New Orleans embraces the dead and supernatural

New Orleans is a city very much at home with its ghosts. At the Saint Louis Cemetery, the dead are buried above ground because nobody wants to see their ancestors' caskets floating every time it floods.

NEW ORLEANS, LA. - New Orleans is a city very much at home with its ghosts. At the Saint Louis Cemetery, the dead are buried above ground because nobody wants to see their ancestors’ caskets floating every time it floods.

Wind your way through the avenues in this city of the dead and you will find a 9-foot-tall pyramid smothered in lipstick kisses -- the future tomb of actor Nicholas Cage.

“It's Nicholas Cage so he's a strange guy, just to state the obvious you know,” said Robert Florence of Historic New Orleans Tours.

Strange yes. But is there a city that treats its dead better than New Orleans? This is the city that invented the jazz funeral.

“They will bring a body to a cemetery with a band who plays a dirge you know --a somber minor key song and then they bury the body,” said Florence. “And start playing the most raucous uptempo music.”

Author and guide Robert Florence says walking through New Orleans cemeteries can be fun too.

“The idea is not to come here and grieve and get out,” said Florence. “It's a place that's welcoming and people feel comfortable and they'll sit here as if they're in a beautiful park.”

Most will, but others have scratched X's on tombs mistaken for the one belonging to Voodoo priestess Marie Laveau.

“They don't call it voodoo. They call it vandalism,” said Florence. “How is it destroying tombs becomes part of a religious tradition that reveres the deceased? It's bull****.”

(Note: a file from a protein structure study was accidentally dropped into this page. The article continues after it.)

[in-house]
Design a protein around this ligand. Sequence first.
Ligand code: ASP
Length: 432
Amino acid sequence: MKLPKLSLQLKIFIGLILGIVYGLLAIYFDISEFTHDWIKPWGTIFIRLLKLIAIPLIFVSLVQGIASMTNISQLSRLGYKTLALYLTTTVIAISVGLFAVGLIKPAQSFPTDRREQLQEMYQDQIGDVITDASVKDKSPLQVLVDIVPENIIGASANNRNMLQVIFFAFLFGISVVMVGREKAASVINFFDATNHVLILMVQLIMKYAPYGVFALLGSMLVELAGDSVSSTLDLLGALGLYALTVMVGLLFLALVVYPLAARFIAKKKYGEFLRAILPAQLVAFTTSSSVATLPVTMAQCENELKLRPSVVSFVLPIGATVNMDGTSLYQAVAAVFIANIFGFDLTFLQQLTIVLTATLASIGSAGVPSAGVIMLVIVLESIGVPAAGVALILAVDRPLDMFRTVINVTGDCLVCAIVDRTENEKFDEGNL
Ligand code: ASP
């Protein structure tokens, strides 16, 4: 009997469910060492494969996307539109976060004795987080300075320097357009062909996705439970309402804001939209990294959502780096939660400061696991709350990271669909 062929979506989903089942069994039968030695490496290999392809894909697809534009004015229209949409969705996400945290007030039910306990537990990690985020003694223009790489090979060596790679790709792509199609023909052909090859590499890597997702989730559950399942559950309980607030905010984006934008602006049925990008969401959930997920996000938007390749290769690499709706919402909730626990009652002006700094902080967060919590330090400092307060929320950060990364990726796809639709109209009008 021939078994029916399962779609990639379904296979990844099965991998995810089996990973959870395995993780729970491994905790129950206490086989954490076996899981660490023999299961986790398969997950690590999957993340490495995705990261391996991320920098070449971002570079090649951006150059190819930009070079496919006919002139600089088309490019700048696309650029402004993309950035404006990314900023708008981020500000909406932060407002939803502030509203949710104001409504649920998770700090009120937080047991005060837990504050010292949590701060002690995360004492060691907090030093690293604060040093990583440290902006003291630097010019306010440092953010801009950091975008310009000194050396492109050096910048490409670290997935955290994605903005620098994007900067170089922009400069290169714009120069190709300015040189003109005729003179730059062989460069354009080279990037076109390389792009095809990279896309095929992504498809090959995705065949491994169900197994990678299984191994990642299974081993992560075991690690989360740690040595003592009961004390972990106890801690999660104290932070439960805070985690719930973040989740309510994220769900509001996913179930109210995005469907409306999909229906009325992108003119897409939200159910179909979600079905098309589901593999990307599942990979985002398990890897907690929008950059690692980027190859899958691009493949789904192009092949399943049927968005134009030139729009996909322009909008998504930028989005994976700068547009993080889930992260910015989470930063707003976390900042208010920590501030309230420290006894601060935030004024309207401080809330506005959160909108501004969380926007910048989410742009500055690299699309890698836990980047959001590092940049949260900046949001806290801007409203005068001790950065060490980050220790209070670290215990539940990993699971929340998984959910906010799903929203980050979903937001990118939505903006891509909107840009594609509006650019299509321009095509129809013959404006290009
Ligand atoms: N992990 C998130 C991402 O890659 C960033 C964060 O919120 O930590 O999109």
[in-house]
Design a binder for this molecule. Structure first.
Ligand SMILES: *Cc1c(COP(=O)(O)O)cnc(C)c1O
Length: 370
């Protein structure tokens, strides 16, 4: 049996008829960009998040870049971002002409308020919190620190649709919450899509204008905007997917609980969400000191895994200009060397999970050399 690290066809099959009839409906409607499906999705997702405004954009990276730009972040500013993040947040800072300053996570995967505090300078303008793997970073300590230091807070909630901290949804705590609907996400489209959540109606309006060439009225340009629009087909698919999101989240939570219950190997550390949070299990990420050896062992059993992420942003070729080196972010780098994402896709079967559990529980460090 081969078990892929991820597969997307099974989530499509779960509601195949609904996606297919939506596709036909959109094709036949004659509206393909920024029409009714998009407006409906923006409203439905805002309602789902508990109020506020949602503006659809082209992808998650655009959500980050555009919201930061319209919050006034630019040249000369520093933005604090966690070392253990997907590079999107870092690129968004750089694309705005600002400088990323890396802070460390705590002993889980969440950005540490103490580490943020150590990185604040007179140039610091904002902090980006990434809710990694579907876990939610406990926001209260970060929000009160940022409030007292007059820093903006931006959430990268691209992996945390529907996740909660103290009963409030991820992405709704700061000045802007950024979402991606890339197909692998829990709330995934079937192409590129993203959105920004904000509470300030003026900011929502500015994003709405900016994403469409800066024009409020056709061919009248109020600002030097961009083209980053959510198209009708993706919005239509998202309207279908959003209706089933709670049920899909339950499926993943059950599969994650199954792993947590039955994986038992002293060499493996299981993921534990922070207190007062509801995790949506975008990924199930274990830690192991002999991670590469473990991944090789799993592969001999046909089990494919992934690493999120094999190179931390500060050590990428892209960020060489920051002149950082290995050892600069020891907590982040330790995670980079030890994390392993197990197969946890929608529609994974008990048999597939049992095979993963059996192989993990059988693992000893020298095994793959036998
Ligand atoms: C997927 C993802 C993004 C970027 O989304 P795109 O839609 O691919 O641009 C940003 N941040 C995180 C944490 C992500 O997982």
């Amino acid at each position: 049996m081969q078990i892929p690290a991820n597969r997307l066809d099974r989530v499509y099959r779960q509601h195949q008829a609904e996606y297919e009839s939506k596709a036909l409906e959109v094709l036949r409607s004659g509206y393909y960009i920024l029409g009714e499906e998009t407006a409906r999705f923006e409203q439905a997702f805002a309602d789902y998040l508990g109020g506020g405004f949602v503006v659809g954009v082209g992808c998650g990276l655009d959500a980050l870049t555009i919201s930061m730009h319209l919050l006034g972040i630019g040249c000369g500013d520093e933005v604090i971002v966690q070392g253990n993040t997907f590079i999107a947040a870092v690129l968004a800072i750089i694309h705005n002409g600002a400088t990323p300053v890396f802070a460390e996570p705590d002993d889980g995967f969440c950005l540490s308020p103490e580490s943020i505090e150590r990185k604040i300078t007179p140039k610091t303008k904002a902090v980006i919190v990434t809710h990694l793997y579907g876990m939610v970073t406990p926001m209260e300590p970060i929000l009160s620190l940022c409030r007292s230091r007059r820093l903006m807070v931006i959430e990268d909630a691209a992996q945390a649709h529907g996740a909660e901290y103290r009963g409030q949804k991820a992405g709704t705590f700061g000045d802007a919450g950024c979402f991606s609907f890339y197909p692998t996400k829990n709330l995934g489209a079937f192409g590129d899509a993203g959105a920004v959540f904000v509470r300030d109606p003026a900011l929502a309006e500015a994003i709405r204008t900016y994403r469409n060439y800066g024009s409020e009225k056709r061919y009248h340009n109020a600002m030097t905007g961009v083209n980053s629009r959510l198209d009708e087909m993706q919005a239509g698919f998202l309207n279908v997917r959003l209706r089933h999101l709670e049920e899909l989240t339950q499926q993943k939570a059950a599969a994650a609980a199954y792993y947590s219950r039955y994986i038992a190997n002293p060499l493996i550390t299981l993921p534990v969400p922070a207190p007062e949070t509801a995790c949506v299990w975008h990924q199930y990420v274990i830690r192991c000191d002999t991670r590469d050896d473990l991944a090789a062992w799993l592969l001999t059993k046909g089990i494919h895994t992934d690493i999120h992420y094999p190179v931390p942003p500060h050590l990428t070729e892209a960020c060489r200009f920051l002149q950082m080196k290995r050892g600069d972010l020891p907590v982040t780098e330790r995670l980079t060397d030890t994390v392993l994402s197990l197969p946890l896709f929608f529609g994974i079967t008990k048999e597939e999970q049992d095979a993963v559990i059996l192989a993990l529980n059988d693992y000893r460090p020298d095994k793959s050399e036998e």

Voodoo remains a part of the New Orleans mystique and from a French Quarter courtyard, you can visit a real voodoo priestess -- Miriam Chamani.

A reading of the bones promises no dramatic upheaval in my immediate future.

“Life plans for you and it brings you out into the plan that has already been administered,” said Voodoo Princess Miriam Chamani.

But in New Orleans, life is only one side of the coin.

Psychic Cari Roy has been seeing ghosts since she was 9-years-old.

Does New Orleans deserve its reputation for being America's most haunted city?

“Absolutely,” said Roy. “We really are the magnet to the supernatural. We don't let our spirits go. They're here to welcome you the same way we are. This is hospitality central even for the folks who have gone on to the other side.”

After several paranormal incidents at Muriel's Restaurant...

“Glasses flung out from the bar and into the wall,” said Muriel’s manager Anthony Palomo, “the owners invited Cari to investigate.”

When she entered this room in the old slave quarters, she sensed something horrifying.

“I felt the room get heavier.” Said Roy. “I felt a sorrow that was just palatable. I just welled up in tears. I felt as if somebody had hit me in the solar plexus.”

With no historical knowledge of the restaurant, Cari described a French nobleman who had died in a calamity. Records showed a man named Pierre Antoine Jordan had hung himself in this room after losing his house gambling.

Every day Muriel's sets a table and pours wine for Jordan and a guest.

In New Orleans, you live among ghosts, so you might as well treat them well.

“It is that supernatural here,” said Roy. “And people perceive that when they come.”
 

Copyright 2016 KING


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